The tools consolidating around CMSs were dedicated to the management of complexity. They used all the gathered data to personalize the user’s experience with the content. And to make the content presentation on the website more attractive for the user.
The era when Sitecore and Adobe pioneered their present-day digital experience management systems (DXM) deserves the name of the Era of the Big Boys. They were big not only because of their shared goal of creating all-in-one environments. They were also big because their solutions were intended to manage massive websites.
The first monolith, Communiqué, was developed in 2000 by Day Software. Shortly after, in 2001, Sitecore Corporation was founded, and set its goal to make online marketing even more personalized and effective. The goal of Sitecore CMS was the integration of every media owned or used by the organization; their website, social media channels, their marketing analytics, and automation tools.
Sitecore’s solution remains one of the leading CMSs on the market to this day, whereas Communiqué was acquired by Adobe Systems in 2010. Since then, it has functioned as Adobe CQ and Adobe Experience Manager.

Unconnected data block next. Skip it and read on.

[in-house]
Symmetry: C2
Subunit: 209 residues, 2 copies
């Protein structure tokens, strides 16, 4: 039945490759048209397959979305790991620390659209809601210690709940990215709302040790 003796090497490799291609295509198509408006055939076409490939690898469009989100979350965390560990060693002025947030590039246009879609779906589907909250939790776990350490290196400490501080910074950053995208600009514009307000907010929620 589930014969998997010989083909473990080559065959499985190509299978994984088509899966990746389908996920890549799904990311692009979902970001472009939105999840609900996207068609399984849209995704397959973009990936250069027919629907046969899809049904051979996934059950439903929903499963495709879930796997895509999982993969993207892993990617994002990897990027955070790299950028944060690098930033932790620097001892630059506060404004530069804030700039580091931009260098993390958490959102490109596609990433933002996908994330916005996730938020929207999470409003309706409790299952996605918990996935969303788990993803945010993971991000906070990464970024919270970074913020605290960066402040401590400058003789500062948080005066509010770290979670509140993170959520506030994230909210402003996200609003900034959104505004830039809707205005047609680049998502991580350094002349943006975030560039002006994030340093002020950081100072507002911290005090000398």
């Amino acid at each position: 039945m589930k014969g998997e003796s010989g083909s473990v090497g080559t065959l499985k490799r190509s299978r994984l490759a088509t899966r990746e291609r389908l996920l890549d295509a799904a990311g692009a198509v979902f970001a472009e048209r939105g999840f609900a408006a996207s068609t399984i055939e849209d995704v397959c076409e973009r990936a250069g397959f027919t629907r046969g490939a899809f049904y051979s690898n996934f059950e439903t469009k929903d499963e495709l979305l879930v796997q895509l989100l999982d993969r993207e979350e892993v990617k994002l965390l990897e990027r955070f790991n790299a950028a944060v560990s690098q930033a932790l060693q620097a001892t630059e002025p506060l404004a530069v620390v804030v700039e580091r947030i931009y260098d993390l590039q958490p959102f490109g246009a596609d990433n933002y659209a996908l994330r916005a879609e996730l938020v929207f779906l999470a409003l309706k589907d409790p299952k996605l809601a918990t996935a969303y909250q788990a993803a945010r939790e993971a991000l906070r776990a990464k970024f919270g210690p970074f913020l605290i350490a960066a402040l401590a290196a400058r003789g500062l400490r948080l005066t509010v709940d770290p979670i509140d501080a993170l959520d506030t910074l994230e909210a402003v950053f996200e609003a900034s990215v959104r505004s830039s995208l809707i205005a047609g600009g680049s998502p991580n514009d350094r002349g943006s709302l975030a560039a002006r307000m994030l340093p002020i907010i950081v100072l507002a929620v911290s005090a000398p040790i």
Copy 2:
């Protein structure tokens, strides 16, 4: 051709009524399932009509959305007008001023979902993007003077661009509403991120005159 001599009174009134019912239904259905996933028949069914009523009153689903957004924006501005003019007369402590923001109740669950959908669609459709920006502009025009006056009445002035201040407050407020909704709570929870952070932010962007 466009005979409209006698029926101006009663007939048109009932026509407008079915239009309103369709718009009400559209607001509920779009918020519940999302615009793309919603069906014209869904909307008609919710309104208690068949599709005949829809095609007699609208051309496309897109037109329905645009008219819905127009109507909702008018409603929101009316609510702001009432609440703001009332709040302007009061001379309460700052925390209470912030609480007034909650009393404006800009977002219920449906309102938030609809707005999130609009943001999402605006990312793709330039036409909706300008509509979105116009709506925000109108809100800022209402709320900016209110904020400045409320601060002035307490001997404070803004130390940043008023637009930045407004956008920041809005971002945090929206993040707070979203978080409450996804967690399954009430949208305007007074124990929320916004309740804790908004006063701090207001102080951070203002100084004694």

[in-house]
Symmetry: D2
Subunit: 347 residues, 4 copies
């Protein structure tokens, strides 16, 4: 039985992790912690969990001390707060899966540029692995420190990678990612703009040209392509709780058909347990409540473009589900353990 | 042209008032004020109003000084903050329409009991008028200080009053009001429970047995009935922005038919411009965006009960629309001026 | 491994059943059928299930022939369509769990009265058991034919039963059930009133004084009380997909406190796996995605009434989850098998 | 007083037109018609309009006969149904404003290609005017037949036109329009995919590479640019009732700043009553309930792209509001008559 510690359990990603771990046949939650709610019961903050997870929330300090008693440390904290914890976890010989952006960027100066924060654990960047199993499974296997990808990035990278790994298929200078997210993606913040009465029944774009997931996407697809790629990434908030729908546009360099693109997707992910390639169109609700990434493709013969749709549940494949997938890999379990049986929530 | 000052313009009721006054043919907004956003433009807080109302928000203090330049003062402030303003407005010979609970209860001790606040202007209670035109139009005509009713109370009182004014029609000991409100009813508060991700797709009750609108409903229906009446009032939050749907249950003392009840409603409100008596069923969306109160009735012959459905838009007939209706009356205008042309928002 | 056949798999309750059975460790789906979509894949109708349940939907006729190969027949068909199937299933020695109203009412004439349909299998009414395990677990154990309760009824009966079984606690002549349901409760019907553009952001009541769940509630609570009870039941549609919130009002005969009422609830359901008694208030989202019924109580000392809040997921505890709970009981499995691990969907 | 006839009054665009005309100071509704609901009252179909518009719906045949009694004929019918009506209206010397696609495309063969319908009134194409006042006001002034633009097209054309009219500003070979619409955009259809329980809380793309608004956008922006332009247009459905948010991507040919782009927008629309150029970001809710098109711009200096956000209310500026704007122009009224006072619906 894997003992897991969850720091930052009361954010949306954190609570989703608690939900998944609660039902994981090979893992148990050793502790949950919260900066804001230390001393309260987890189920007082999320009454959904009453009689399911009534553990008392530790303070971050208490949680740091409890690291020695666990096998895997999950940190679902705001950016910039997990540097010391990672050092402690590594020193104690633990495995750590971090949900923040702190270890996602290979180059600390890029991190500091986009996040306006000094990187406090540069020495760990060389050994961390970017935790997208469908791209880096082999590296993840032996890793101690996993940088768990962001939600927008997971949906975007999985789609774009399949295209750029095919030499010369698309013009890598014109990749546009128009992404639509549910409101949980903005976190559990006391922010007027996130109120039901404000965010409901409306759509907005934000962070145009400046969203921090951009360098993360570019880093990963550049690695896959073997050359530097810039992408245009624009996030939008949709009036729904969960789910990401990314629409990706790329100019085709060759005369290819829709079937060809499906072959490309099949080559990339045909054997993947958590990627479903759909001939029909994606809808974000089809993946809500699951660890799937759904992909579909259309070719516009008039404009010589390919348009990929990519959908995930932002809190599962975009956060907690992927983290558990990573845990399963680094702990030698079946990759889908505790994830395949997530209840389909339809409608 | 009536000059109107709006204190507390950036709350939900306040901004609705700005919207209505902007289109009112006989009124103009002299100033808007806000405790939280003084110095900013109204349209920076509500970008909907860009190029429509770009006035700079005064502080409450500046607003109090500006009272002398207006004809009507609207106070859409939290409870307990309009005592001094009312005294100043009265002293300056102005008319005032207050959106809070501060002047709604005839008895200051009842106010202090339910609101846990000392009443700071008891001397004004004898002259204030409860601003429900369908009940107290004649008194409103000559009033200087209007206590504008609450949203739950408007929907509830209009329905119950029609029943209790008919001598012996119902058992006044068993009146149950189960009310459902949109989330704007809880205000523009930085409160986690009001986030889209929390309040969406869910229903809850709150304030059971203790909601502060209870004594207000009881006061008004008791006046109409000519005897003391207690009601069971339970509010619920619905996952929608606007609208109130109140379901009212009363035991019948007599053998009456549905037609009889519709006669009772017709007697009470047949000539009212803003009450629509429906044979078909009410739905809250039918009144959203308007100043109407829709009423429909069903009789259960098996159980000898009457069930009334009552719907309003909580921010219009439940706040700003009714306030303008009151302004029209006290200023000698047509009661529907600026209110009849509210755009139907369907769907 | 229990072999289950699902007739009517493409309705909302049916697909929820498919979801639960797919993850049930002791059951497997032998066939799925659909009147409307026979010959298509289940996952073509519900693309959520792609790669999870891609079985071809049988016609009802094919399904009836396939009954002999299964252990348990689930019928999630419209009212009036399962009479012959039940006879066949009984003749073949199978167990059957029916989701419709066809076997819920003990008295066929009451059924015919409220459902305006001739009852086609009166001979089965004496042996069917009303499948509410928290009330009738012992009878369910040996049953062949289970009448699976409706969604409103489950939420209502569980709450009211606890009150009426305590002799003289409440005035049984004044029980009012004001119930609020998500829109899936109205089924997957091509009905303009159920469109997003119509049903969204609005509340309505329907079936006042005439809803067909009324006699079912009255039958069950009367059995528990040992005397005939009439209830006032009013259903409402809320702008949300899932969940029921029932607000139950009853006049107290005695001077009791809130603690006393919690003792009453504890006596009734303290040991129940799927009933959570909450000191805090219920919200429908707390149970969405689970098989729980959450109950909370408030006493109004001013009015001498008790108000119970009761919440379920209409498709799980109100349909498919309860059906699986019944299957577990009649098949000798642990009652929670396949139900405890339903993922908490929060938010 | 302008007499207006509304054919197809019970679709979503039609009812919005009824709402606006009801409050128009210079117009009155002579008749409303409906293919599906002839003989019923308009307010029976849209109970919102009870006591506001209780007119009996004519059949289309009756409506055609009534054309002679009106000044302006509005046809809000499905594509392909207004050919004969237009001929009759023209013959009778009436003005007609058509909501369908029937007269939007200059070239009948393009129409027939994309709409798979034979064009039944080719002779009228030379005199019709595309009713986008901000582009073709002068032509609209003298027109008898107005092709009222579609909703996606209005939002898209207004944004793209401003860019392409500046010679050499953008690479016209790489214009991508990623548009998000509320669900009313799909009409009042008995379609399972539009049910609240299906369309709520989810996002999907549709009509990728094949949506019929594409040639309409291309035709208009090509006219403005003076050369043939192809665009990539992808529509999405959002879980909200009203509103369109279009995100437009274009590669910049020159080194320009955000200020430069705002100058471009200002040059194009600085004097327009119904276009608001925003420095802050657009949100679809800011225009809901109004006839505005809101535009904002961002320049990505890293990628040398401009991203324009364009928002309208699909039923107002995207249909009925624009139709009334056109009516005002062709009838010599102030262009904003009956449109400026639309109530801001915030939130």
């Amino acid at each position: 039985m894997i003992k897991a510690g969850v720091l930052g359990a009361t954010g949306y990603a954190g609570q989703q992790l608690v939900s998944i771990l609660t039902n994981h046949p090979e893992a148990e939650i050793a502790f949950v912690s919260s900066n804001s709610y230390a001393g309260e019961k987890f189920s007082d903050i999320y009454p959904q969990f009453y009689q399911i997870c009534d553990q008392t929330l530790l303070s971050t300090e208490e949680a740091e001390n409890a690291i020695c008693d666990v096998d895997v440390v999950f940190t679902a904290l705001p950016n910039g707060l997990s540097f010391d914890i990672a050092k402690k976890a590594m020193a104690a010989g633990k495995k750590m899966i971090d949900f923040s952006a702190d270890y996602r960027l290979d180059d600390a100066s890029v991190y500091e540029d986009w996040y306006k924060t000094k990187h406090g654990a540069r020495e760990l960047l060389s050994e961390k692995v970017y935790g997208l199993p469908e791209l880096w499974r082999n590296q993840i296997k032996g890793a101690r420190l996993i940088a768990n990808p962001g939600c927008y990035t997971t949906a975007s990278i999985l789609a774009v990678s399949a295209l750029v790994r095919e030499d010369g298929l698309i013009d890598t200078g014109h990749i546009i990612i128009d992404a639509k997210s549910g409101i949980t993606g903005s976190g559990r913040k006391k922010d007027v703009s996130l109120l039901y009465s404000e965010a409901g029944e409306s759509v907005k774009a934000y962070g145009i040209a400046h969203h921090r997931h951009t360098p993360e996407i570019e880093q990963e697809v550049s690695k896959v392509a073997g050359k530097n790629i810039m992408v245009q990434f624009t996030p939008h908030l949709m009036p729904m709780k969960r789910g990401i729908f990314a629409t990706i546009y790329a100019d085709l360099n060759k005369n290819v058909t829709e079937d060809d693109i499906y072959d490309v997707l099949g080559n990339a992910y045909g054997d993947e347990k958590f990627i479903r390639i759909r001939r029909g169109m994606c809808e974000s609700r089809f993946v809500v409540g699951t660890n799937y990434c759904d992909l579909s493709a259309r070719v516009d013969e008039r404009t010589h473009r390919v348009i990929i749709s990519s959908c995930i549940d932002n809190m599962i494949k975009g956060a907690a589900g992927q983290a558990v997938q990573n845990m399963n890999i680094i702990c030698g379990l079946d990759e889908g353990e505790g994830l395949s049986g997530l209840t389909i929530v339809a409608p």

On the verge of the mobile revolution, the monoliths perfectly suited the web-centered environment they handled. Everything seemed to be working well, as the web ecosystem toughened and stabilized. Despite the monolithic CMSs being expensive and difficult to implement, they were considered long-term investments making massive website management convenient and effective.
However, a serious problem was hidden at their very heart. The well-established and intuitive boundary of content and presentation layers turned out to be the cause of their decline. They were designed to manage a single channel. And changes in their monolithic architecture were error-prone and costly.
In result, when mobile devices came up on stage, CMSs needed to be reengineered. The biggest challenges turned out to be:
- diversification of delivery channels, and
- acceleration of changes in the digital environment.
As the business presence in the digital world was no longer limited to desktop computers, CMSs needed to serve multiple channels. It required the separation of content creation and editing from its presentation. We will sketch the next chapter of the history of CMSs in the next part of this series.
Hero image by Natalia Yakovleva, opens in a new window
Featured image by Natalia Yakovleva, opens in a new window